Transparency International

This Anti-Corruption Helpdesk brief was produced in response to a query from one of Transparency International’s national chapters. The Anti-Corruption Helpdesk is operated by Transparency International and funded by the European Union

Query

Do you know of any studies, tools, or guidelines discussing the importance of anti-corruption compliance mechanisms in state-owned enterprises? In particular, we would like to know how these mechanisms should function or can be applied and what areas and issues are considered critical and deserve special attention.

Query

 

Do you know of any studies, tools, or guidelines discussing the importance of anti-corruption compliance mechanisms in state-owned enterprises? In particular, we would like to know how these mechanisms should function or can be applied and what areas and issues are considered critical and deserve special attention.

 

Content

 

  1. State-owned enterprises and the need for anti-corruption compliance
  2. Standards of corporate governance for state-owned enterprises
  3. Good practice country examples
  4. References

Summary

 

State-owned enterprises (SOEs) are operated by governments around the world in critical sectors such as finance, infrastructure, energy and natural resources. SOEs are exposed to the same governance challenges as those faced by private firms and should be held to the same high standards of governance as private companies. In addition, due to their close relationship with policy makers and regulators, SOEs may face additional challenges that are more specific, such as undue political influence, conflict of interest for board members appointed by the state, and a lack of knowledge and expertise within the board and management to carry out their functions.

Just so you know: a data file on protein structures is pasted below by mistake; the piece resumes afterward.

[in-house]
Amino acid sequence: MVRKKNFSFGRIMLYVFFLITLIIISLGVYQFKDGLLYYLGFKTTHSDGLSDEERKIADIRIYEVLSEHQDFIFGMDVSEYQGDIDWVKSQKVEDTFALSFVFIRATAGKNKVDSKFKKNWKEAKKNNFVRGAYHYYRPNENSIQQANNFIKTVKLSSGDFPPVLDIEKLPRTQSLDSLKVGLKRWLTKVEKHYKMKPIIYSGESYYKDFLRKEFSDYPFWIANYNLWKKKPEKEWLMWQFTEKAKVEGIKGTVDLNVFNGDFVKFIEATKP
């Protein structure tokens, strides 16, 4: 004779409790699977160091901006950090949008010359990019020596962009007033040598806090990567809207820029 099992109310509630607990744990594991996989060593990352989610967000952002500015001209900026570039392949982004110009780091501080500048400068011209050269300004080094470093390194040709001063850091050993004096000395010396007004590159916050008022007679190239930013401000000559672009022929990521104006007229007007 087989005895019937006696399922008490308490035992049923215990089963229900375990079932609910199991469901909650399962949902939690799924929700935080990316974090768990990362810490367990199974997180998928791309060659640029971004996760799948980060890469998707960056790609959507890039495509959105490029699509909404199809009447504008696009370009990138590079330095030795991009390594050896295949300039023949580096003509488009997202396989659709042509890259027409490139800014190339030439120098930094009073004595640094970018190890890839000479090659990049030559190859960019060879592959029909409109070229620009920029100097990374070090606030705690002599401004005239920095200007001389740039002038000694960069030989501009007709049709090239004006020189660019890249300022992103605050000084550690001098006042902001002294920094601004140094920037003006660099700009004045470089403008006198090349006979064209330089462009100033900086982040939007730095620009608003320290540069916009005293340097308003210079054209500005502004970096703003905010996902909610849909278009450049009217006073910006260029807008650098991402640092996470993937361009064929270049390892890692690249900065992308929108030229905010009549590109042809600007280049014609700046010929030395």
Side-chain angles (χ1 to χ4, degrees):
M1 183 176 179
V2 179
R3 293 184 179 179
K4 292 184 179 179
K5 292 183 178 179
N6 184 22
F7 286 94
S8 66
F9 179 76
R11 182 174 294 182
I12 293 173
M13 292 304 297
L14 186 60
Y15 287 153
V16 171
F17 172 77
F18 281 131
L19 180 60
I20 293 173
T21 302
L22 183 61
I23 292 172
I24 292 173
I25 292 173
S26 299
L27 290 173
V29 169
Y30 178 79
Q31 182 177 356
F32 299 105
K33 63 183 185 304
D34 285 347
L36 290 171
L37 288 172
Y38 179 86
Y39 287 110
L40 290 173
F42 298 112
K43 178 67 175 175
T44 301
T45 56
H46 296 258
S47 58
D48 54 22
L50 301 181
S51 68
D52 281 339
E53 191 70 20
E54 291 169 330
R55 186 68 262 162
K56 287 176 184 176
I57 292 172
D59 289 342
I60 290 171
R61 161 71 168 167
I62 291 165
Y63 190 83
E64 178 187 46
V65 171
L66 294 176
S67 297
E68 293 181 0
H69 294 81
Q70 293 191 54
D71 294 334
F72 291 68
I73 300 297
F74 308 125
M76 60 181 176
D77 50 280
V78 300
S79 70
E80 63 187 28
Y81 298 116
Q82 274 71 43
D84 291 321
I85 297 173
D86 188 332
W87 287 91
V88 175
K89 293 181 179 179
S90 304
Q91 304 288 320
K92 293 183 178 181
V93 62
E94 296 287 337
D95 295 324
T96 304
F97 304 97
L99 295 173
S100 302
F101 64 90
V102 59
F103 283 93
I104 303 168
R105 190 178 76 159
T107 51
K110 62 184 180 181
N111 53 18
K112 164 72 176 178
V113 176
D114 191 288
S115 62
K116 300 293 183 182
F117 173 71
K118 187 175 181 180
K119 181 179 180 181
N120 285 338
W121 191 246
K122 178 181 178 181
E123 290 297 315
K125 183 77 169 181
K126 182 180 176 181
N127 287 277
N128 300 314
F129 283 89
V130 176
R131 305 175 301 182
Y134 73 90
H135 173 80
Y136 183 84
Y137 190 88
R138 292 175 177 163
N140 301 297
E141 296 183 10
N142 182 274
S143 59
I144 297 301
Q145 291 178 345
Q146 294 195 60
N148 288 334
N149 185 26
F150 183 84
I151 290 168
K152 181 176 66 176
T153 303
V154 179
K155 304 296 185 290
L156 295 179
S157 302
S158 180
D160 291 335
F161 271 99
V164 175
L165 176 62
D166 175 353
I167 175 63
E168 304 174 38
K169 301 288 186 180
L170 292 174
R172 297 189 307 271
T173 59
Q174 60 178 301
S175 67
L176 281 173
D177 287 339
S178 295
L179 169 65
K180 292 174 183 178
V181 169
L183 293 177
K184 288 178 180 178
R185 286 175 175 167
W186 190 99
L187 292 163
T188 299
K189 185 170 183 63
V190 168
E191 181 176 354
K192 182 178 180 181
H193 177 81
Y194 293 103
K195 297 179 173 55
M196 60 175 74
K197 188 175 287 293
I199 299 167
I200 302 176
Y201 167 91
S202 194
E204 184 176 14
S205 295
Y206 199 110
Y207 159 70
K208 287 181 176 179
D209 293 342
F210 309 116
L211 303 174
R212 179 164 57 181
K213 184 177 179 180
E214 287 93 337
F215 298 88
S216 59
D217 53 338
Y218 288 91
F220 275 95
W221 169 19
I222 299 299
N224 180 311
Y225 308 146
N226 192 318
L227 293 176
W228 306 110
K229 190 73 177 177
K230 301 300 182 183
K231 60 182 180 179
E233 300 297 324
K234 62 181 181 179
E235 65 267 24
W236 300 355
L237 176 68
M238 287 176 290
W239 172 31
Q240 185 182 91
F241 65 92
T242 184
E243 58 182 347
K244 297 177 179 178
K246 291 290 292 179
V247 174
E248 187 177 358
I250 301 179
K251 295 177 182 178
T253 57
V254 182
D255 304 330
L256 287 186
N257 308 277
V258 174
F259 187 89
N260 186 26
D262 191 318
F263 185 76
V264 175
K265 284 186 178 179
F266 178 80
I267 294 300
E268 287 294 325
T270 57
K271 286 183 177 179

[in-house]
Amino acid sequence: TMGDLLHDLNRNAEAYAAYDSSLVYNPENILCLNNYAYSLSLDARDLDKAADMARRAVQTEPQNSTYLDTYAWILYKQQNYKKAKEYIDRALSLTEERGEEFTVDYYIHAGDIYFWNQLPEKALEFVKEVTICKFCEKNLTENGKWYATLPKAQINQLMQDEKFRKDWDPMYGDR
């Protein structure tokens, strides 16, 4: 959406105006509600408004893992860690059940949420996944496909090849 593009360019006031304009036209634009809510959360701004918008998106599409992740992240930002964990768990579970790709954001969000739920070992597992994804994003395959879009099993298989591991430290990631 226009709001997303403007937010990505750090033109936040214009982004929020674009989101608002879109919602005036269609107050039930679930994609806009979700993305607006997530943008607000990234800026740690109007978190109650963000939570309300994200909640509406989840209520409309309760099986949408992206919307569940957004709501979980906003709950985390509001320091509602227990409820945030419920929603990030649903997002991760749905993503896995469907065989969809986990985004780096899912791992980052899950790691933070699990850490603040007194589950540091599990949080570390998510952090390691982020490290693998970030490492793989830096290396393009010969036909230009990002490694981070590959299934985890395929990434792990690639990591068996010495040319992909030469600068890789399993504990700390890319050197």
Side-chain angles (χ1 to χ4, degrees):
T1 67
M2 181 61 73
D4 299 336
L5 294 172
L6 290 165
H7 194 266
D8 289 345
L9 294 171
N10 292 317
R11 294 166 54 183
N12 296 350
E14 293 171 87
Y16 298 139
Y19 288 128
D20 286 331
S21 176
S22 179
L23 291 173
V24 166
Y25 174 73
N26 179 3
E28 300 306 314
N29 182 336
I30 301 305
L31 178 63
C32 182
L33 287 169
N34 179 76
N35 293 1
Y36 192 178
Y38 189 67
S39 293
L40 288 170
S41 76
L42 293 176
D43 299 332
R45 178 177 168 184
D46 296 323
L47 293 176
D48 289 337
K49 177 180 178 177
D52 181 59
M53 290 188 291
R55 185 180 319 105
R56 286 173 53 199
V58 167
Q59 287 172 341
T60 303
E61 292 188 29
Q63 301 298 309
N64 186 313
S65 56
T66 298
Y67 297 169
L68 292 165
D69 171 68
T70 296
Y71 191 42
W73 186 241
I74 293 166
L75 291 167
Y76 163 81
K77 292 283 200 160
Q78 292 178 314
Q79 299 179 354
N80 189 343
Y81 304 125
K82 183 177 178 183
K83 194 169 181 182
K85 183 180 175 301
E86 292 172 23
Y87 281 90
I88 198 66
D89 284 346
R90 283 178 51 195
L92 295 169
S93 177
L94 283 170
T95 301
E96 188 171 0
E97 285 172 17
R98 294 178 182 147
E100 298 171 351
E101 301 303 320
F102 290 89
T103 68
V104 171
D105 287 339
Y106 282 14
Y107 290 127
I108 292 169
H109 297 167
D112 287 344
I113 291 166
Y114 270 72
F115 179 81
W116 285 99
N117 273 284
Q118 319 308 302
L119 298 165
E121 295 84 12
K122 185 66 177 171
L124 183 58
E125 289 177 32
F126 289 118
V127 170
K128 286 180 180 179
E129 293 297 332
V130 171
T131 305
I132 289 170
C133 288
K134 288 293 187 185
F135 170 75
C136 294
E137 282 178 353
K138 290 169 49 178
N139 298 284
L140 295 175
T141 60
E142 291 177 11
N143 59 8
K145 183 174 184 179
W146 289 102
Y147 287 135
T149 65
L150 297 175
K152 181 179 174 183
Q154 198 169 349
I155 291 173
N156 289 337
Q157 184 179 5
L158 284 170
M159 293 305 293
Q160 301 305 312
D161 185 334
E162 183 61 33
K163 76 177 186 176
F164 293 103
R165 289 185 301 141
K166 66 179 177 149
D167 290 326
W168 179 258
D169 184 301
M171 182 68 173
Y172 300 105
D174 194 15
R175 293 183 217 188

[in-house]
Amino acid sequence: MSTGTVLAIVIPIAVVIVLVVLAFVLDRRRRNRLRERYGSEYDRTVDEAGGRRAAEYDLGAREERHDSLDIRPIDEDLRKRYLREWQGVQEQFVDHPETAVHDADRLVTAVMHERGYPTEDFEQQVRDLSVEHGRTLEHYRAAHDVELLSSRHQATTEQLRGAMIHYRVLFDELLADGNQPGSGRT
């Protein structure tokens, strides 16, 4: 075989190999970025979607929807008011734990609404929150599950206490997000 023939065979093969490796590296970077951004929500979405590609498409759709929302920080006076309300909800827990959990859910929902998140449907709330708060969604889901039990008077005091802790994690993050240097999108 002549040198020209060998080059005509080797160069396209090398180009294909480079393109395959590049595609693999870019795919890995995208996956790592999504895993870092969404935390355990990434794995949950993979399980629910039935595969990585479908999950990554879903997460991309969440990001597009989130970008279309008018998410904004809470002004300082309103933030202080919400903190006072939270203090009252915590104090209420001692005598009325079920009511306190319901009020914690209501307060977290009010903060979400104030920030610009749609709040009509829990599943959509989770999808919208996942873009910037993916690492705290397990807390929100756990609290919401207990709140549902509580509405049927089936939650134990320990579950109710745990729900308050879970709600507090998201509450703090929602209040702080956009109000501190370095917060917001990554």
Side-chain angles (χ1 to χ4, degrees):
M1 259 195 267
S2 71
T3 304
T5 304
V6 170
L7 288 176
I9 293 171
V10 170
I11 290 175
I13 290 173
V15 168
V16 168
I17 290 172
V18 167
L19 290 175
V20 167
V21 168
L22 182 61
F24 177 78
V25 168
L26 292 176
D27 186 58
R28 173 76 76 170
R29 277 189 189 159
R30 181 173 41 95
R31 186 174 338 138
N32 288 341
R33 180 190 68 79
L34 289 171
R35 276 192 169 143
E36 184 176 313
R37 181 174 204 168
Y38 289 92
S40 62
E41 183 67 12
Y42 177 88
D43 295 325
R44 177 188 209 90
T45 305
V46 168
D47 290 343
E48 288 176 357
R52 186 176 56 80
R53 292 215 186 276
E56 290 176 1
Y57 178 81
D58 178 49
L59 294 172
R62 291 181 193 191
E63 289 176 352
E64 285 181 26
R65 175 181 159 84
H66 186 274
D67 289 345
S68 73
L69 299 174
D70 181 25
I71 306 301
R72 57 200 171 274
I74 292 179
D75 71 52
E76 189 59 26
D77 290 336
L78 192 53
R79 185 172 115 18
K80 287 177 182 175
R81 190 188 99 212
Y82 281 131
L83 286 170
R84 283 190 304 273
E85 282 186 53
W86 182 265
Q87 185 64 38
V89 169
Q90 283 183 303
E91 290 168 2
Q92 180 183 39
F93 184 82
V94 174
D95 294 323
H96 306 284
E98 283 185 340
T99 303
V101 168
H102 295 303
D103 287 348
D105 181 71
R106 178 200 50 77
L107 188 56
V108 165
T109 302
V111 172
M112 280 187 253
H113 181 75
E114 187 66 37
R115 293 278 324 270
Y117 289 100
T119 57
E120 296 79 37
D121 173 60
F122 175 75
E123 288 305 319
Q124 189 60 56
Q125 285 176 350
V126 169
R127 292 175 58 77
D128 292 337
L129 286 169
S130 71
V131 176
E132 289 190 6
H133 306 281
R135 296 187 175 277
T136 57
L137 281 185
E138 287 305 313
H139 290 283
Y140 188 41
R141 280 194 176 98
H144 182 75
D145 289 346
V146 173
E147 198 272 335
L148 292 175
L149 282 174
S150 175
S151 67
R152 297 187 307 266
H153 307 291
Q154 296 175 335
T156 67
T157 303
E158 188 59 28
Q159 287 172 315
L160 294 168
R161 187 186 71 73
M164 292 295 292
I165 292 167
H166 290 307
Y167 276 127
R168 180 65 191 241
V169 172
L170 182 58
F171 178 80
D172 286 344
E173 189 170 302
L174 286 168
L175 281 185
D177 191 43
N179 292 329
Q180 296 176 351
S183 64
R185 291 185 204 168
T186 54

The OECD and the World Bank have developed specific guidelines for corporate governance of SOEs. Many corruption risk factors for SOEs are closely aligned with these corporate governance issues. Some of the critical issues related to anti-corruption compliance in SOEs include the smart management of the state’s role as the owner and regulator of the enterprises, selection and appointment of the SOE boards, establishing internal controls and strong auditing procedures, transparency and disclosure of financial and non-financial information, and adopting and integrating ethics, code of conduct and anti-corruption compliance across the entire organisation.

 

Governments and SOEs that have followed these principles have had success in curbing levels of corruption and promoting high integrity amongst their SOEs.

Authors

Santhosh Srinivasan, Transparency International, tihelpdesk@transparency.org

Date

23/06/2015

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